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Editorial

Make lockdown work

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Friday 11th June, 2021

The Covid-19 fatality rate shows no signs of plateauing any time soon, much less decreasing although the current lockdown has been in force for about three weeks. It was reported yesterday that 67 deaths had occurred due to the pandemic on Wednesday—the highest ever in a single day in this country. Curiously, there have been no such exponential increases in infections if the Health Ministry statistics are anything to go by. There are two possibilities, according to health experts. Either the severity of the disease has increased, killing more people, while the rate of virus transmission actually remains at the same level, or the number of PCR tests conducted daily has been decreased. Doctors have warned the government that any reduction in PCR testing will stand in the way of assessing the pandemic situation properly and, therefore be counterproductive.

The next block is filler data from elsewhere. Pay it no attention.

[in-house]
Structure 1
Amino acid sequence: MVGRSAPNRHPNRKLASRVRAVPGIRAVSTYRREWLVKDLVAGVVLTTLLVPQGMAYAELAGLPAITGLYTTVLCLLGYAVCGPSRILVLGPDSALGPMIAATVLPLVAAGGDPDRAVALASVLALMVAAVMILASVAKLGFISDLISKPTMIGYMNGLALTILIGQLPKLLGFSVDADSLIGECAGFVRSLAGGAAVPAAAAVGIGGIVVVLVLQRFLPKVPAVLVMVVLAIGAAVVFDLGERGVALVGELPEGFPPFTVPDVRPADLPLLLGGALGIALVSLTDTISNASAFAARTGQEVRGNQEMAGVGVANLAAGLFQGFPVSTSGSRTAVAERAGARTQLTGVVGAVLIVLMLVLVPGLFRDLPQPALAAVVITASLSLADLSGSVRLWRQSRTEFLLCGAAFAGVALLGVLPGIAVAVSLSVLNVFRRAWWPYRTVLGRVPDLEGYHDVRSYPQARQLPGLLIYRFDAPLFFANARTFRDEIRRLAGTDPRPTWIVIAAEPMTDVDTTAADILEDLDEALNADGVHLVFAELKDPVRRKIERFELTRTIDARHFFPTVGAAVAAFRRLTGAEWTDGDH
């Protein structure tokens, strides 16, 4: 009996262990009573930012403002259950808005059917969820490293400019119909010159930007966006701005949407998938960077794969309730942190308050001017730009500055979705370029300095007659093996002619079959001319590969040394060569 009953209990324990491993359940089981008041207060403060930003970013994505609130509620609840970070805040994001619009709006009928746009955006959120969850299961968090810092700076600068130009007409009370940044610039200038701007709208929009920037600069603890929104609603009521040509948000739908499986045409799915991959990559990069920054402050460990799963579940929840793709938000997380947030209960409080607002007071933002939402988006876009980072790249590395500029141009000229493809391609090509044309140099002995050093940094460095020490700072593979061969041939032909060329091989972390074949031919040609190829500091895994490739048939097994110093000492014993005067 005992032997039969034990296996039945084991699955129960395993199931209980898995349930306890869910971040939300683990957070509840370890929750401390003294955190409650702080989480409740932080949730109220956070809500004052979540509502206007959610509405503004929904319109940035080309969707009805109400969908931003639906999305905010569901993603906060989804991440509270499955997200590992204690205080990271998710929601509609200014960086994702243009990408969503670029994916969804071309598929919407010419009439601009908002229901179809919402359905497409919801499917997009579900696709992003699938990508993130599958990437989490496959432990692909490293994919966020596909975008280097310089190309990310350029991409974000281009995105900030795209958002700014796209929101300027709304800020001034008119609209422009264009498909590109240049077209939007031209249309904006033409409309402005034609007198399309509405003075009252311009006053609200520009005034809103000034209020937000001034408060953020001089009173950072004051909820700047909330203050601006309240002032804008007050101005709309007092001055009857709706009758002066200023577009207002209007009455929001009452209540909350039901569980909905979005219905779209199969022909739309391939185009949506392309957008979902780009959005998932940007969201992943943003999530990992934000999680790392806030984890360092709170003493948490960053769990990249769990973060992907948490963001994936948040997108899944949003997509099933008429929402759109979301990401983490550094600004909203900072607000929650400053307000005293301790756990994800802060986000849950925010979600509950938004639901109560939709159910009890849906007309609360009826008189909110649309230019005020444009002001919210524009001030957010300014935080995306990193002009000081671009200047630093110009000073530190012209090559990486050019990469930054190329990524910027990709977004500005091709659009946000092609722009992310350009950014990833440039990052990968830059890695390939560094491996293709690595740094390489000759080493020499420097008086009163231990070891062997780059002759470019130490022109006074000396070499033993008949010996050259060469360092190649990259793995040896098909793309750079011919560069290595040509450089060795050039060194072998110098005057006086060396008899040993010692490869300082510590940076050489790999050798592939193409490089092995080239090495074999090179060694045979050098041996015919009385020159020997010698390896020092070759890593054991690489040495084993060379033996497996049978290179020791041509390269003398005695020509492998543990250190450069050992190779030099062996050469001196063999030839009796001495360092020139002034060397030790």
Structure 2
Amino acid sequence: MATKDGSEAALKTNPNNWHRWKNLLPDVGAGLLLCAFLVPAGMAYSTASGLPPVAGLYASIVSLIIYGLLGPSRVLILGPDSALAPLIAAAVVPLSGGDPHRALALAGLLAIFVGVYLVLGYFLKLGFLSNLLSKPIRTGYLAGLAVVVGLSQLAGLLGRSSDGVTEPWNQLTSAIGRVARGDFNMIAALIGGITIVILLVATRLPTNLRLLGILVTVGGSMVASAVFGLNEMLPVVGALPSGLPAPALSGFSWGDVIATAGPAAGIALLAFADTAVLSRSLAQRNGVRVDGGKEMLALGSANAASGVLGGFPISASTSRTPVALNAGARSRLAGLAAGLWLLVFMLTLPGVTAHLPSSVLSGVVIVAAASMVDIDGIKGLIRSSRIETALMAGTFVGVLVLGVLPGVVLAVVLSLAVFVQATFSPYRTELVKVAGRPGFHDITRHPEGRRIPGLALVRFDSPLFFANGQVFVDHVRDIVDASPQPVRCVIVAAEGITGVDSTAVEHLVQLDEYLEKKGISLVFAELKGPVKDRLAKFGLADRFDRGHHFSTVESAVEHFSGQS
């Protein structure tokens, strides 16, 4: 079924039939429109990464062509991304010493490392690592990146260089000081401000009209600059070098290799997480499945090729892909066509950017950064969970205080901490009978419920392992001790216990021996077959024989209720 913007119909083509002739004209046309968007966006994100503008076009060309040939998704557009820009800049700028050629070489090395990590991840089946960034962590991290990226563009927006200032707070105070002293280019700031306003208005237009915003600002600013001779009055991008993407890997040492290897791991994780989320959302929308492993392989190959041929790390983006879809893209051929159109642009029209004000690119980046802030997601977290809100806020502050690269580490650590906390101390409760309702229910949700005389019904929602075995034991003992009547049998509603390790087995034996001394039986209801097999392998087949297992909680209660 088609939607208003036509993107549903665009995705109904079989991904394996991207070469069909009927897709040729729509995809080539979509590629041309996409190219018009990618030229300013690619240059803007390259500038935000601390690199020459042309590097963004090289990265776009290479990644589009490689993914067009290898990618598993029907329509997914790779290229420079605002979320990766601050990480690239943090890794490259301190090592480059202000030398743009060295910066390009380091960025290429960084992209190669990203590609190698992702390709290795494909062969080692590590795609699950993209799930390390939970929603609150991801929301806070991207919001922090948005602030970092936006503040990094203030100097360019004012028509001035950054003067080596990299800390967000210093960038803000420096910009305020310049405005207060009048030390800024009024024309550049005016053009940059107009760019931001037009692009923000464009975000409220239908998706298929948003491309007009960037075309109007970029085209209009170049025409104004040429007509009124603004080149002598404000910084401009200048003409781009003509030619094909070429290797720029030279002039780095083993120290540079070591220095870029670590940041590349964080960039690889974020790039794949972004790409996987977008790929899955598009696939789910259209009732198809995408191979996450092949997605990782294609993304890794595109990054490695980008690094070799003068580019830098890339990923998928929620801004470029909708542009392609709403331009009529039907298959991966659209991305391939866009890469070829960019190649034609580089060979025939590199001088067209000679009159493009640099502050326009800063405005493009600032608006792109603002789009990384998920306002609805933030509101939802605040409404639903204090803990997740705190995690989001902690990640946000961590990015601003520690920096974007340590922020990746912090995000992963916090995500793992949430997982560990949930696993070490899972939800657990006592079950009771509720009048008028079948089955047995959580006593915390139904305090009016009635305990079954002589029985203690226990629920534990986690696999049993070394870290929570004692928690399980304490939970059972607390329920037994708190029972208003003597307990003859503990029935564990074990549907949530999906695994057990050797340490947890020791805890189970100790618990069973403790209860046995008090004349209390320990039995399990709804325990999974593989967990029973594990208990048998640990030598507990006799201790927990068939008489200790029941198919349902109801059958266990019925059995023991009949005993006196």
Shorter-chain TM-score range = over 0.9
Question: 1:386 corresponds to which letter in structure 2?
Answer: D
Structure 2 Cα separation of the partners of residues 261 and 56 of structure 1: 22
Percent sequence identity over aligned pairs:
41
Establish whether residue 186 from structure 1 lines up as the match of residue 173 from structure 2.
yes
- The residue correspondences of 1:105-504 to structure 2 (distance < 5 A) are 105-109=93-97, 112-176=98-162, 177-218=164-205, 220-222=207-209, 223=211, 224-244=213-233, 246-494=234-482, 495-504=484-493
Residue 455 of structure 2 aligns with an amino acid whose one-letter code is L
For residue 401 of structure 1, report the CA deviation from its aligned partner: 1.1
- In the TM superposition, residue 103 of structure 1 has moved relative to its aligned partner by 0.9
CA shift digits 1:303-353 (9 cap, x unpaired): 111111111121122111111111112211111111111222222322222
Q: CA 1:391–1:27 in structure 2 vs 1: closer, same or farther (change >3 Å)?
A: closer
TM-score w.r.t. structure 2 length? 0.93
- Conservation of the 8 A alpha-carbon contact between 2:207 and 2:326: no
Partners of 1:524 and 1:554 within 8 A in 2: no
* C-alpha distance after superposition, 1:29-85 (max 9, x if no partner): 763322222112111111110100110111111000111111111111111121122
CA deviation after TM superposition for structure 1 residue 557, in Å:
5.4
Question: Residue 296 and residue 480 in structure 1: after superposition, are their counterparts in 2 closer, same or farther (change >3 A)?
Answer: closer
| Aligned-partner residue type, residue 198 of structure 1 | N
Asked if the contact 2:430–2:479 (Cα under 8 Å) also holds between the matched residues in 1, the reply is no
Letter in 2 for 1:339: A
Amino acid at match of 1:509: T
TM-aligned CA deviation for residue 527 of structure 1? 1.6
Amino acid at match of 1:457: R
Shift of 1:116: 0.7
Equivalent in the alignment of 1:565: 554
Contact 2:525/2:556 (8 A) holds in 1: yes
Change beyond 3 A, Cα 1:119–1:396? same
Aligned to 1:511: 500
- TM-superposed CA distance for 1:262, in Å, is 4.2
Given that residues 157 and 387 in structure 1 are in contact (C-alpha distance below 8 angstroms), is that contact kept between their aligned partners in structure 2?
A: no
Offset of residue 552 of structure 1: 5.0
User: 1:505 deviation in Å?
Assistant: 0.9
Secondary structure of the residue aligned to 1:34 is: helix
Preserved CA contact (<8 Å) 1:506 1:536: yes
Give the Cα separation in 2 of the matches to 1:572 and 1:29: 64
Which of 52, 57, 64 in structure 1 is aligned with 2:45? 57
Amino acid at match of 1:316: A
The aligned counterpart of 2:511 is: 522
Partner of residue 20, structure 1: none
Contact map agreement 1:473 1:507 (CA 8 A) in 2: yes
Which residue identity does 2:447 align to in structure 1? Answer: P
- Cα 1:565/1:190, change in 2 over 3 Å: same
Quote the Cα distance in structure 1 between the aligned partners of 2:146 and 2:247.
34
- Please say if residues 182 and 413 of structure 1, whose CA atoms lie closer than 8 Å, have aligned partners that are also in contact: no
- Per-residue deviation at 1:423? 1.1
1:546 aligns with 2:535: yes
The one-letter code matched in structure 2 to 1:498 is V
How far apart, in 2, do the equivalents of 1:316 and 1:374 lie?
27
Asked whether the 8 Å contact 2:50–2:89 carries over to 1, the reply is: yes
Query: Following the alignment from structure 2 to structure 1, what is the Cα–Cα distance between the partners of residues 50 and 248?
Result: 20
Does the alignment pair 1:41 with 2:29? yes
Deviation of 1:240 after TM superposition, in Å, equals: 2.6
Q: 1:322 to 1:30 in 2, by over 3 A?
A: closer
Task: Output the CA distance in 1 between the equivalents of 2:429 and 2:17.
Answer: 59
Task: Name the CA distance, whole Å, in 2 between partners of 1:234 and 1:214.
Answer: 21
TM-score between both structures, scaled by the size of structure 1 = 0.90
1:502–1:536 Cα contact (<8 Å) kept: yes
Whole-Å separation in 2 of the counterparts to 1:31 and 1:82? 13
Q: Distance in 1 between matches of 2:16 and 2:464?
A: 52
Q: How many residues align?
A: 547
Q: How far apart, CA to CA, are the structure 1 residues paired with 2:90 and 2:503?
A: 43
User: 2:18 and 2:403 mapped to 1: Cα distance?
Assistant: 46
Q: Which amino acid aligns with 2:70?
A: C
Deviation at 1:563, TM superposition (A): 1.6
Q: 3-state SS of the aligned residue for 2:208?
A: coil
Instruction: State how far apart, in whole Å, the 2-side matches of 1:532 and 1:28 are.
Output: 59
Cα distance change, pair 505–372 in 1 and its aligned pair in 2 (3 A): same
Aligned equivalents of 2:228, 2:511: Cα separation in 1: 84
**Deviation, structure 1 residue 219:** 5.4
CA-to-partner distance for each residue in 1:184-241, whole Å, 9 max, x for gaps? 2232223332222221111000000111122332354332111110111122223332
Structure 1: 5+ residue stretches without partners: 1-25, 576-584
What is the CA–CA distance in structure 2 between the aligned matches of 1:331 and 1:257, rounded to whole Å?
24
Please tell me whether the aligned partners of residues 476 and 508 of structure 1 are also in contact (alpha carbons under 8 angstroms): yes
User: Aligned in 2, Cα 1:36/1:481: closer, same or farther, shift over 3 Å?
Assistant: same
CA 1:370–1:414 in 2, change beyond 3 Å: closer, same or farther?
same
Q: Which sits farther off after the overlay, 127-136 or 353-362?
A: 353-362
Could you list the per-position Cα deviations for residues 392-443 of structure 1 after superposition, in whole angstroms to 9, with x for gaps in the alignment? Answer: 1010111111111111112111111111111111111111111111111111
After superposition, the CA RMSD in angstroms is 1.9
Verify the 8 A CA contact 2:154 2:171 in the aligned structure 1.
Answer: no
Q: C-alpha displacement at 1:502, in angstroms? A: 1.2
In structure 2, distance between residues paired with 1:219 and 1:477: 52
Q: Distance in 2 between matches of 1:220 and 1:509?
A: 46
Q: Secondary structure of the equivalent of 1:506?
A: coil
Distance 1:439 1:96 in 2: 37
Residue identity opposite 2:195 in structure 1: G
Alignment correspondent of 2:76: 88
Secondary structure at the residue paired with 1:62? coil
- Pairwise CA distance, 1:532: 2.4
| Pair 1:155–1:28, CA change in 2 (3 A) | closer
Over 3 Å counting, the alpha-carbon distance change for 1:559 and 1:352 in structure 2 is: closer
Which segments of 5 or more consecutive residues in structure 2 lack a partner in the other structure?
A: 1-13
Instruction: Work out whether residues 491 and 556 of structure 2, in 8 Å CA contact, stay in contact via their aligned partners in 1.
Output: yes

The Covid-19 deaths are officially announced in such a way that one suspects a government attempt at obfuscation. The only way the Health Ministry can allay doubts as regards the mortality rate is to announce the number of new fatalities for each day of the week separately. Gobbledygook won’t do. Every statistical lie has a short shelf life. There is no alternative to aggressive testing in the fight against Covid-19, and the government had better heed expert advice. The country is in the current mess with so many lives being lost daily, because the government ignored doctors’ call for a lockdown in April.

Lockdowns helped prevent the formation of infection clusters very effectively last year because they were coupled with a quarantine curfew. The government was blamed for overreacting then. But this time around, the lockdown has not been so effective probably because many workplaces have been allowed to function without adequate pandemic prevention measures being adopted to ensure the safety of workers.